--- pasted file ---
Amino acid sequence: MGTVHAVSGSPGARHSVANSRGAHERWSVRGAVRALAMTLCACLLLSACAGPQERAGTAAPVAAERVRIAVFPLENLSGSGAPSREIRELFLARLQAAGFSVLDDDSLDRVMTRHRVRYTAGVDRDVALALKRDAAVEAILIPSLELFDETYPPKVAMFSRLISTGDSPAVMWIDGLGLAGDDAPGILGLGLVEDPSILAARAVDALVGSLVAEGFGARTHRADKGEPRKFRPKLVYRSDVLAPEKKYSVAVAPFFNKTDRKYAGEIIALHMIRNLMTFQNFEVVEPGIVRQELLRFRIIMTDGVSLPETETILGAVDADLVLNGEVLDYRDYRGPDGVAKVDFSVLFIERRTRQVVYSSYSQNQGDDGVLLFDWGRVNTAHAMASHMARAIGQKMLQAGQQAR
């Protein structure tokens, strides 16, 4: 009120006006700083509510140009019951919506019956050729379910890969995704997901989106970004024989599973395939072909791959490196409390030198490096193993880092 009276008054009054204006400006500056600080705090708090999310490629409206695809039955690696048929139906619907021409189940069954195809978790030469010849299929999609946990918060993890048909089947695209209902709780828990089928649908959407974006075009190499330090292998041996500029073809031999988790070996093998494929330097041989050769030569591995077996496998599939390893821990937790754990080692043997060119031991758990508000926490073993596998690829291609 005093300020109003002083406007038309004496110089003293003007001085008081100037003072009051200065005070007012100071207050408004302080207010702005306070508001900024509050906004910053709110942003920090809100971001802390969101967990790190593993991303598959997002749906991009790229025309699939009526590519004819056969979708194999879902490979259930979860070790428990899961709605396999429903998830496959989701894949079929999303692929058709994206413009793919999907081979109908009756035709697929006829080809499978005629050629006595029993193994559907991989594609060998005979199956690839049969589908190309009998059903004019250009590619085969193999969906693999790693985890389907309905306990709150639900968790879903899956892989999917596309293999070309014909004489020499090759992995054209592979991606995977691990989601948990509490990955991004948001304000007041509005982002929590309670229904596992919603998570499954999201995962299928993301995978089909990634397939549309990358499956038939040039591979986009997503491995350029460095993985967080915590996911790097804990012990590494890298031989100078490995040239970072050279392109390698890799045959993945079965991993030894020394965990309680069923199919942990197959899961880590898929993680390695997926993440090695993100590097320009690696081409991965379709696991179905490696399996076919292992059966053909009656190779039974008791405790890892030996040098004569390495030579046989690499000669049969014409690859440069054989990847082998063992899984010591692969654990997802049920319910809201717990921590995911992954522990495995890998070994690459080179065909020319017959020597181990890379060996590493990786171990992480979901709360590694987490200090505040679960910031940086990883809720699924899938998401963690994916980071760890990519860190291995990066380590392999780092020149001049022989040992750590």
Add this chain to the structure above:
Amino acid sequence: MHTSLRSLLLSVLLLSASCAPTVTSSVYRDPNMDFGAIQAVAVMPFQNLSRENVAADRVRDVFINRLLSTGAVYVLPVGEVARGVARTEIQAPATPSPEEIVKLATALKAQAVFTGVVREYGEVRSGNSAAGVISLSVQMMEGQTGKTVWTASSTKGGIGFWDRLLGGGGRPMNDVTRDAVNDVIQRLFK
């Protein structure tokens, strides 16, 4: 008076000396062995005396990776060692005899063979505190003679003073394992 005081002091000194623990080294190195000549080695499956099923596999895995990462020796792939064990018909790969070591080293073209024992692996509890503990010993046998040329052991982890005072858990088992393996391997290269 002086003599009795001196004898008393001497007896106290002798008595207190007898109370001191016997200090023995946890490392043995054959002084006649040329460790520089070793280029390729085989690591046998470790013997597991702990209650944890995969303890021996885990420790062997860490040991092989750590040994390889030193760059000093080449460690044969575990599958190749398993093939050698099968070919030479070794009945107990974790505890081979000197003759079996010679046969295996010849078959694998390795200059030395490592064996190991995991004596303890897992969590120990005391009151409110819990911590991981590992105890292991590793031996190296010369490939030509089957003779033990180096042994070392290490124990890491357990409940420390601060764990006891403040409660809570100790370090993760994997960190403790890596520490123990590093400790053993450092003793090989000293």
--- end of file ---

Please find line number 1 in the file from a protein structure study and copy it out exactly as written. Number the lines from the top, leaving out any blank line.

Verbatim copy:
Amino acid sequence: MGTVHAVSGSPGARHSVANSRGAHERWSVRGAVRALAMTLCACLLLSACAGPQERAGTAAPVAAERVRIAVFPLENLSGSGAPSREIRELFLARLQAAGFSVLDDDSLDRVMTRHRVRYTAGVDRDVALALKRDAAVEAILIPSLELFDETYPPKVAMFSRLISTGDSPAVMWIDGLGLAGDDAPGILGLGLVEDPSILAARAVDALVGSLVAEGFGARTHRADKGEPRKFRPKLVYRSDVLAPEKKYSVAVAPFFNKTDRKYAGEIIALHMIRNLMTFQNFEVVEPGIVRQELLRFRIIMTDGVSLPETETILGAVDADLVLNGEVLDYRDYRGPDGVAKVDFSVLFIERRTRQVVYSSYSQNQGDDGVLLFDWGRVNTAHAMASHMARAIGQKMLQAGQQAR